LEFTHAND CANYON, Colo. (CBS4) – A volunteer firefighter who helped out during the September floods is grateful for the neighbors who helped salvage his home.
Three months after the floods John Pellouchoud still has moments of disbelief and despair.
“I could just see logs and boulders, throwing out boulders and I kind of resigned myself,” said Pellouchoud.
He nearly died after being washed away by a 20 foot wall of mud during the floods.
“It was a demonic wave, just a demonic wave,” said Pellouchoud.
He survived by clinging to a tree and waited to be rescued.
He returned to find his home had been devastated by flooding.
“I just sat there and stared at for a couple days and didn’t know what to do,” said Pellouchoud.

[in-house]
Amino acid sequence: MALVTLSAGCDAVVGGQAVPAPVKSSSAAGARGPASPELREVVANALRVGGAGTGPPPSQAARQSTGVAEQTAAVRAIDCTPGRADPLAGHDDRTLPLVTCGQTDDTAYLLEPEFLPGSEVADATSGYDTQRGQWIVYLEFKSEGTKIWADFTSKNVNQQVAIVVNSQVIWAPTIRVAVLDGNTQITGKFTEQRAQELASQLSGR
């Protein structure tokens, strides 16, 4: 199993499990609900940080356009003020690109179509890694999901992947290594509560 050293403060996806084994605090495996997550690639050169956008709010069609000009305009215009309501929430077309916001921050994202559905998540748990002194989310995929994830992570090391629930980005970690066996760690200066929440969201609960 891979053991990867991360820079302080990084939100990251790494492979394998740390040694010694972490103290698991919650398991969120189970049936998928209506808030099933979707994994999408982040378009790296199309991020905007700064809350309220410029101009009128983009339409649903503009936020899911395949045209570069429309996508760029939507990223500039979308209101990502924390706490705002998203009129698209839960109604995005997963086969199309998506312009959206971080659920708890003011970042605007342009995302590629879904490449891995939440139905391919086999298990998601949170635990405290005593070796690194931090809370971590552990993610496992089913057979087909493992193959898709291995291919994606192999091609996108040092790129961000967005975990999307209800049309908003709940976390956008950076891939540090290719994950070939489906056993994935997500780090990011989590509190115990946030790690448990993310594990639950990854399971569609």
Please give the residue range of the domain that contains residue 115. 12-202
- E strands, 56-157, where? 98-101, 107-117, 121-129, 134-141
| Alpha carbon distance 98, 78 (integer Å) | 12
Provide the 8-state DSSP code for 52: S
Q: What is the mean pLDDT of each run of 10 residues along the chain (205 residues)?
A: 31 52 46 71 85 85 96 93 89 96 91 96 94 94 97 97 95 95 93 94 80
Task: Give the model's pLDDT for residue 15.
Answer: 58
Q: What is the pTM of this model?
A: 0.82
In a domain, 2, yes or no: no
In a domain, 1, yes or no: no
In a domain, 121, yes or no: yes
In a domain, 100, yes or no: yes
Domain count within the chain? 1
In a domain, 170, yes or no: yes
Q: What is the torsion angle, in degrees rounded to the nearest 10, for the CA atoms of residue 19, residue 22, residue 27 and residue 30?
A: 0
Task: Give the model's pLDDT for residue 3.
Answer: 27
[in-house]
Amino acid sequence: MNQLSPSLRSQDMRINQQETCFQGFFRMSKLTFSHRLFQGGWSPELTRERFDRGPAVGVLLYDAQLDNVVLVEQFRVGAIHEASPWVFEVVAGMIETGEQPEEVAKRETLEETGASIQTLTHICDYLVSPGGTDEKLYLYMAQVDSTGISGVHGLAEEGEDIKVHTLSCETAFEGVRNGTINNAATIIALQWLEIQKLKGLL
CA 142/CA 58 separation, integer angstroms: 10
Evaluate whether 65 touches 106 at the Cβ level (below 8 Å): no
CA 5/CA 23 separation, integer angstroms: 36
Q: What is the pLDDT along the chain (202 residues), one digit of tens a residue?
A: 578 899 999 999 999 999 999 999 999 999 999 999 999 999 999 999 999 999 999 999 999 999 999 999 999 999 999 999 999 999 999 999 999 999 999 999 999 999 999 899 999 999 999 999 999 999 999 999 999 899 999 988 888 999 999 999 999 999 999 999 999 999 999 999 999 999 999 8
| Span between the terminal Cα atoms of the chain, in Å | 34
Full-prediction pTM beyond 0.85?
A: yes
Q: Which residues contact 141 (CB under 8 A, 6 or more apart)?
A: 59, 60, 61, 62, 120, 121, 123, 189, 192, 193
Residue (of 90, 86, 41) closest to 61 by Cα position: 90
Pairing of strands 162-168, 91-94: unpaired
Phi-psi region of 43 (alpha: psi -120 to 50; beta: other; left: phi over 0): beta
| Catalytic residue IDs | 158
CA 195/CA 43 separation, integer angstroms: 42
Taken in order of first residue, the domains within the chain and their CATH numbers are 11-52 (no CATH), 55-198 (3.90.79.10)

Soon strangers showed up with shovels and buckets to help out.
“It was like all of the sudden the cloud was lifted off. It was like you were in a storm and the clouds go by and the rainbow comes out. That’s what it was like,” said Pellouchoud.
First came the Mudslingers, next the Southern Baptists shoveling out two feet of mud from his home.
“All I did was sit around and cry the whole time. I would just look at them because it was so humbling, these people that didn’t know me,” said Pellouchoud, “The compassion I saw I thought was long gone. I thought it was an era long gone. I didn’t think that compassion existed with complete strangers helping people and if they only knew the effect it had on the person they helped.”
However he says the need for help is still great.
“Everybody in mountains is still suffering and struggling and I don’t want people to get flood fatigue and say ‘well that’s last month’s story,’ ” said Pellouchoud.
His hope is that they give this Christmas the gift of helping one another.
“Everybody has that power to do that. Whether holding a hand or cutting down tree or making soup everybody has that power and every little thing you do has so much power,” said Pellouchoud.